Ngā Pou Senior Research Fellowship
The Ngā Pou Senior Research Fellow programme contributes to Māori health through developing evidence based information that can enhance Family Violence prevention and intervention approaches. The research component aims to investigate Māori cultural expressions of emotions to develop a cultural framework that can be applied to Family Violence prevention and intervention work. A key research aim is to explore cultural expressions of emotions to develop an in-depth understanding of a range of emotional states from a Māori perspective. The research will also link to other studies that share common goals of identifying and describing pathways to wellbeing based on Māori and Indigenous definitions and indicators of health. The impetus for the research component of the programme has come from Māori Providers, counsellors and community workers who are working alongside whānau.
The fellowship programme also carries an international component that enhances Indigenous knowledges contributing to a cross cultural knowledge database. There are a number of specific activities that will be carried out to achieve the overall aim of strengthening international Indigenous research collaborations and contributing to knowledge on Indigenous concepts of health. Together, the aims related to applying Māori knowledge to health framework development along with collaborating with international Indigenous researchers are intended to culminate in a rich programme of indigenous thinking that will benefit Māori providers and whānau.
The programme will also contribute to the enhancement of kaupapa Māori research capability and capacity through the provision of free research training workshops. This aim aligns with the HRC’s strategic goals for Māori health research that collectively speak to developing a culture of excellence. These workshops are a continuation of a research training series led by Associate Professor Pihama alongside Dr Sarah Jane Tiakiwai of the Waikato-Tainui College for Research and Development.
|Aim 1:||Undertake Research project ‘He Kare a Roto’ to develop a cultural framework for understanding emotions from a Māori perspective which will inform Maori health providers working in the area of Family Violence prevention and intervention.|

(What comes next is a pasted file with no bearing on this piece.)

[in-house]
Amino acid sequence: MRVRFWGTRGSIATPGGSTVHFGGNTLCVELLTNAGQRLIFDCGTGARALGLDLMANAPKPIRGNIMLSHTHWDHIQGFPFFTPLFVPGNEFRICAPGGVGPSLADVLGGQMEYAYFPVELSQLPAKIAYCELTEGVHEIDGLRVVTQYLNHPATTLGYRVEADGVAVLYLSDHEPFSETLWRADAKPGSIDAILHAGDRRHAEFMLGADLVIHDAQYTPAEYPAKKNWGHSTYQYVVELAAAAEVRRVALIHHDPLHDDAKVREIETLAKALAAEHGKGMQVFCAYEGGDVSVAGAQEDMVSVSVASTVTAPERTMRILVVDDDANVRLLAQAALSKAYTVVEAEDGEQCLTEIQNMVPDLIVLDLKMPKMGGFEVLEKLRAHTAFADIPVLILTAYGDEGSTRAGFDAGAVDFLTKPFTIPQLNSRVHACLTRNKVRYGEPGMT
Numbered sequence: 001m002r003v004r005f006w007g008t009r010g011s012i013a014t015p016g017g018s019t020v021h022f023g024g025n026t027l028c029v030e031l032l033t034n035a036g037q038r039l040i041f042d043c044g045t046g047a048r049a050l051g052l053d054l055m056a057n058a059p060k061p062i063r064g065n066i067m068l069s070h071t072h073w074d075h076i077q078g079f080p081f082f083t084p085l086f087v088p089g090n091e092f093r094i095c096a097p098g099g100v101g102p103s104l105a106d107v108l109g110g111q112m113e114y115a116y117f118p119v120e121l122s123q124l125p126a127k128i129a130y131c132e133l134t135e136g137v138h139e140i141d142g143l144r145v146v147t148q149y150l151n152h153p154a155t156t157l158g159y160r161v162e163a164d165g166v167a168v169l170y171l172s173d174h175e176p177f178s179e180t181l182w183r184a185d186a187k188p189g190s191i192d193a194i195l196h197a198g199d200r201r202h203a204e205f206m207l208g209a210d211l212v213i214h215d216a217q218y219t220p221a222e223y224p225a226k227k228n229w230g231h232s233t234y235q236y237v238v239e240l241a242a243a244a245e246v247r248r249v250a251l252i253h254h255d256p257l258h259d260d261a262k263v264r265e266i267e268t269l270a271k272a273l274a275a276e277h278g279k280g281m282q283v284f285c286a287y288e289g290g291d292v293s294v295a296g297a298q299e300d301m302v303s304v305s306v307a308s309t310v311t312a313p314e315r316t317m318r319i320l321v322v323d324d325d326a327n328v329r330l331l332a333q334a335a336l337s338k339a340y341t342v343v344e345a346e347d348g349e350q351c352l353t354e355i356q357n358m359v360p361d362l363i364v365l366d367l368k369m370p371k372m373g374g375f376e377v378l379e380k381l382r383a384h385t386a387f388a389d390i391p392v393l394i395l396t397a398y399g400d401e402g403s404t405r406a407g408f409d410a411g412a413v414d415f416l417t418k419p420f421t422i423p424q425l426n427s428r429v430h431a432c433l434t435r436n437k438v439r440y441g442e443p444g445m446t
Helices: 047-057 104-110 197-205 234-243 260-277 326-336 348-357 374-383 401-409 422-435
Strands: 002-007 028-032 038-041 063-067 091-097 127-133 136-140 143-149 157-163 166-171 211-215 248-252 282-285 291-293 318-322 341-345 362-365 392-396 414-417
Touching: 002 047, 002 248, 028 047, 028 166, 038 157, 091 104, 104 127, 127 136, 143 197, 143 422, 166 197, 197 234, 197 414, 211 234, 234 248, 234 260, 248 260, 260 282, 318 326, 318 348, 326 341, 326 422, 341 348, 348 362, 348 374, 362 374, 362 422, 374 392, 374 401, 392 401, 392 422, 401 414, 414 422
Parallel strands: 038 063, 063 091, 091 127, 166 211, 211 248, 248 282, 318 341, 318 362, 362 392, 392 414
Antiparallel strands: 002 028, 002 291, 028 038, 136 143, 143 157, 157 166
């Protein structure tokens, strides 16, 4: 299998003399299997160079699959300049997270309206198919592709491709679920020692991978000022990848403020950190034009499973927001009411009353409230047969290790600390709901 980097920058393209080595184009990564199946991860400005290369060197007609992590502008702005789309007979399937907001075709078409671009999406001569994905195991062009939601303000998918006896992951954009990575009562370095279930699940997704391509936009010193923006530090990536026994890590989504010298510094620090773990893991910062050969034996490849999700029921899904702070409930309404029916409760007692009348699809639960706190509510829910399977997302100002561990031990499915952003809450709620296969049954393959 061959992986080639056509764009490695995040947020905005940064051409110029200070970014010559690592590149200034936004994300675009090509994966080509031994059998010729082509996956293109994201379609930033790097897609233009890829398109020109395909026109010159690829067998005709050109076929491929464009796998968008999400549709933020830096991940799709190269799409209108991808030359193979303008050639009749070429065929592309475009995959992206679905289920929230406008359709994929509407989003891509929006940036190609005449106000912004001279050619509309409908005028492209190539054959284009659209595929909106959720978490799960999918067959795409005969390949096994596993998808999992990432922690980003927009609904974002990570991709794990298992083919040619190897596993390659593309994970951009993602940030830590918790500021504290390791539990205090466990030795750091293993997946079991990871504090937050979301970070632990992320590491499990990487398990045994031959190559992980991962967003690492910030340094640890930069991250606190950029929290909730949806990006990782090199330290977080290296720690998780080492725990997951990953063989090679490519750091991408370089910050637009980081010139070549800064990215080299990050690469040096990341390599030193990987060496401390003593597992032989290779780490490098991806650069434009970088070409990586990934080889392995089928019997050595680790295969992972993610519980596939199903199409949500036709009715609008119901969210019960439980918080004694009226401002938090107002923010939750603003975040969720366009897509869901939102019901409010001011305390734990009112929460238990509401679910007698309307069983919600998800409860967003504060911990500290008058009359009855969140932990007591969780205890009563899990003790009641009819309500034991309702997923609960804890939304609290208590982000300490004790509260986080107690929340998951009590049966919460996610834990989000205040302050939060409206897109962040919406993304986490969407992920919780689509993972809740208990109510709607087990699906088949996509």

|Aim 2:||Provide opportunities for Maori Health Research Translation|
|Aim 3:||Support Maori workforce capacity building|
|Aim 4:||Strengthen international Indigenous research collaborations and contribute to knowledge on Indigenous concepts of health|
For more information contact Associate Professor Leonie Pihama
Associate Professor Leonie Pihama
Associate Professor Leonie Pihama is a mother of six and a grandmother of four. Leonie is an Associate Professor and the Director of Te Kotahi Research Institute at the University of Waikato, and Director of Māori and Indigenous Analysis Ltd, a Kaupapa Māori research company. She has worked as a senior lecturer in Education at the University of Auckland teaching in the fields of policy analysis, Māori women’s issues, and the politics of representation of indigenous peoples. She has served on Māori Television’s establishment board and worked in film and media production, and in late 2013, she was appointed as a Director on the Te Māngai Paho Board. She has completed a Fulbright Scholarship with the University of Washington, and has extensive expertise connecting her to a wide-range of communities and iwi, which enables her to relate to people throughout Aotearoa New Zealand.
Leonie is currently the Principal Investigator on three Health Research Council projects, ‘He Oranga Ngākau: Māori Approaches to Trauma Informed Care’, ‘Honour Project Aotearoa’, and ‘He Ngākau Māori: Investigating Māori Cultural Constructions of Emotions’.